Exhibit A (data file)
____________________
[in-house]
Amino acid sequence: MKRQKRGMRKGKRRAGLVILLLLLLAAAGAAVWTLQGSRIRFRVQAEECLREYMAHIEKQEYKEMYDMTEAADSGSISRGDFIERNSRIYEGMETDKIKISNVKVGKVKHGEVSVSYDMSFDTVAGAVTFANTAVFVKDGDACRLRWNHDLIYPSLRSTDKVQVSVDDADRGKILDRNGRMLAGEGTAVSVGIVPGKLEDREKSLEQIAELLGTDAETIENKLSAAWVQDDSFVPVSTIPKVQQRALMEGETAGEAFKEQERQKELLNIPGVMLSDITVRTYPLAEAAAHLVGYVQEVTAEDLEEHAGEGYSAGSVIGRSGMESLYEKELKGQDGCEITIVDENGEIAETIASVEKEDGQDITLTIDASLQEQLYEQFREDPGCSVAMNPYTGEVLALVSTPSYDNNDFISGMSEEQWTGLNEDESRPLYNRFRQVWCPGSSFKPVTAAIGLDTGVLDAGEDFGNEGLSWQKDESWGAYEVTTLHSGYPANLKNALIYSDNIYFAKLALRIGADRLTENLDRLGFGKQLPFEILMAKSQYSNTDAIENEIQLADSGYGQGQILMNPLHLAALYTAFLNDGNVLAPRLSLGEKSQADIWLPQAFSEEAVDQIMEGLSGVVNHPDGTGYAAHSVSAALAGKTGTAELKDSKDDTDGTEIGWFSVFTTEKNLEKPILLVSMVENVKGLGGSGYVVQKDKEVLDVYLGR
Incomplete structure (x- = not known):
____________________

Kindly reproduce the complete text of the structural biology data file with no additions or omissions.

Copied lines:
[in-house]
Amino acid sequence: MKRQKRGMRKGKRRAGLVILLLLLLAAAGAAVWTLQGSRIRFRVQAEECLREYMAHIEKQEYKEMYDMTEAADSGSISRGDFIERNSRIYEGMETDKIKISNVKVGKVKHGEVSVSYDMSFDTVAGAVTFANTAVFVKDGDACRLRWNHDLIYPSLRSTDKVQVSVDDADRGKILDRNGRMLAGEGTAVSVGIVPGKLEDREKSLEQIAELLGTDAETIENKLSAAWVQDDSFVPVSTIPKVQQRALMEGETAGEAFKEQERQKELLNIPGVMLSDITVRTYPLAEAAAHLVGYVQEVTAEDLEEHAGEGYSAGSVIGRSGMESLYEKELKGQDGCEITIVDENGEIAETIASVEKEDGQDITLTIDASLQEQLYEQFREDPGCSVAMNPYTGEVLALVSTPSYDNNDFISGMSEEQWTGLNEDESRPLYNRFRQVWCPGSSFKPVTAAIGLDTGVLDAGEDFGNEGLSWQKDESWGAYEVTTLHSGYPANLKNALIYSDNIYFAKLALRIGADRLTENLDRLGFGKQLPFEILMAKSQYSNTDAIENEIQLADSGYGQGQILMNPLHLAALYTAFLNDGNVLAPRLSLGEKSQADIWLPQAFSEEAVDQIMEGLSGVVNHPDGTGYAAHSVSAALAGKTGTAELKDSKDDTDGTEIGWFSVFTTEKNLEKPILLVSMVENVKGLGGSGYVVQKDKEVLDVYLGR
Incomplete structure (x- = not known):